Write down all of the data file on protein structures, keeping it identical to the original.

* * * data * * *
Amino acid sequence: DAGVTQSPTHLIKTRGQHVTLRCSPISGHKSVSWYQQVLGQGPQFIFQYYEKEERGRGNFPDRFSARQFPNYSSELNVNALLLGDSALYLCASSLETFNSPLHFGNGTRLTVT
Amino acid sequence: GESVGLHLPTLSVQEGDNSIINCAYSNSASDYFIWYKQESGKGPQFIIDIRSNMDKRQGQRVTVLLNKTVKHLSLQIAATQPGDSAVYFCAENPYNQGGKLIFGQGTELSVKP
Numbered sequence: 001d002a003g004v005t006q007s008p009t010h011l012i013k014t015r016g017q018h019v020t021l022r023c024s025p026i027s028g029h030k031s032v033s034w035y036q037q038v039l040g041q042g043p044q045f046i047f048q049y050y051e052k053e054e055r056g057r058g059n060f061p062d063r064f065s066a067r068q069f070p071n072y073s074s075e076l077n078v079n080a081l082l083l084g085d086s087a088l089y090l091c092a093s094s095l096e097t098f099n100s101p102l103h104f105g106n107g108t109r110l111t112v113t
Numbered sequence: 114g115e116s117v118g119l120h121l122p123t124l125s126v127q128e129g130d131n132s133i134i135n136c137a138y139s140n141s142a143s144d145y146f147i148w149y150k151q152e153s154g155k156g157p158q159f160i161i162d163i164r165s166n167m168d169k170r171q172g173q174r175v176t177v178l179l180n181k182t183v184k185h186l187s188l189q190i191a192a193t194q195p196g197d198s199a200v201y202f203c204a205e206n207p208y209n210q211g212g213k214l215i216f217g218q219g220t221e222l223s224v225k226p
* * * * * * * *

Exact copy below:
Amino acid sequence: DAGVTQSPTHLIKTRGQHVTLRCSPISGHKSVSWYQQVLGQGPQFIFQYYEKEERGRGNFPDRFSARQFPNYSSELNVNALLLGDSALYLCASSLETFNSPLHFGNGTRLTVT
Amino acid sequence: GESVGLHLPTLSVQEGDNSIINCAYSNSASDYFIWYKQESGKGPQFIIDIRSNMDKRQGQRVTVLLNKTVKHLSLQIAATQPGDSAVYFCAENPYNQGGKLIFGQGTELSVKP
Numbered sequence: 001d002a003g004v005t006q007s008p009t010h011l012i013k014t015r016g017q018h019v020t021l022r023c024s025p026i027s028g029h030k031s032v033s034w035y036q037q038v039l040g041q042g043p044q045f046i047f048q049y050y051e052k053e054e055r056g057r058g059n060f061p062d063r064f065s066a067r068q069f070p071n072y073s074s075e076l077n078v079n080a081l082l083l084g085d086s087a088l089y090l091c092a093s094s095l096e097t098f099n100s101p102l103h104f105g106n107g108t109r110l111t112v113t
Numbered sequence: 114g115e116s117v118g119l120h121l122p123t124l125s126v127q128e129g130d131n132s133i134i135n136c137a138y139s140n141s142a143s144d145y146f147i148w149y150k151q152e153s154g155k156g157p158q159f160i161i162d163i164r165s166n167m168d169k170r171q172g173q174r175v176t177v178l179l180n181k182t183v184k185h186l187s188l189q190i191a192a193t194q195p196g197d198s199a200v201y202f203c204a205e206n207p208y209n210q211g212g213k214l215i216f217g218q219g220t221e222l223s224v225k226p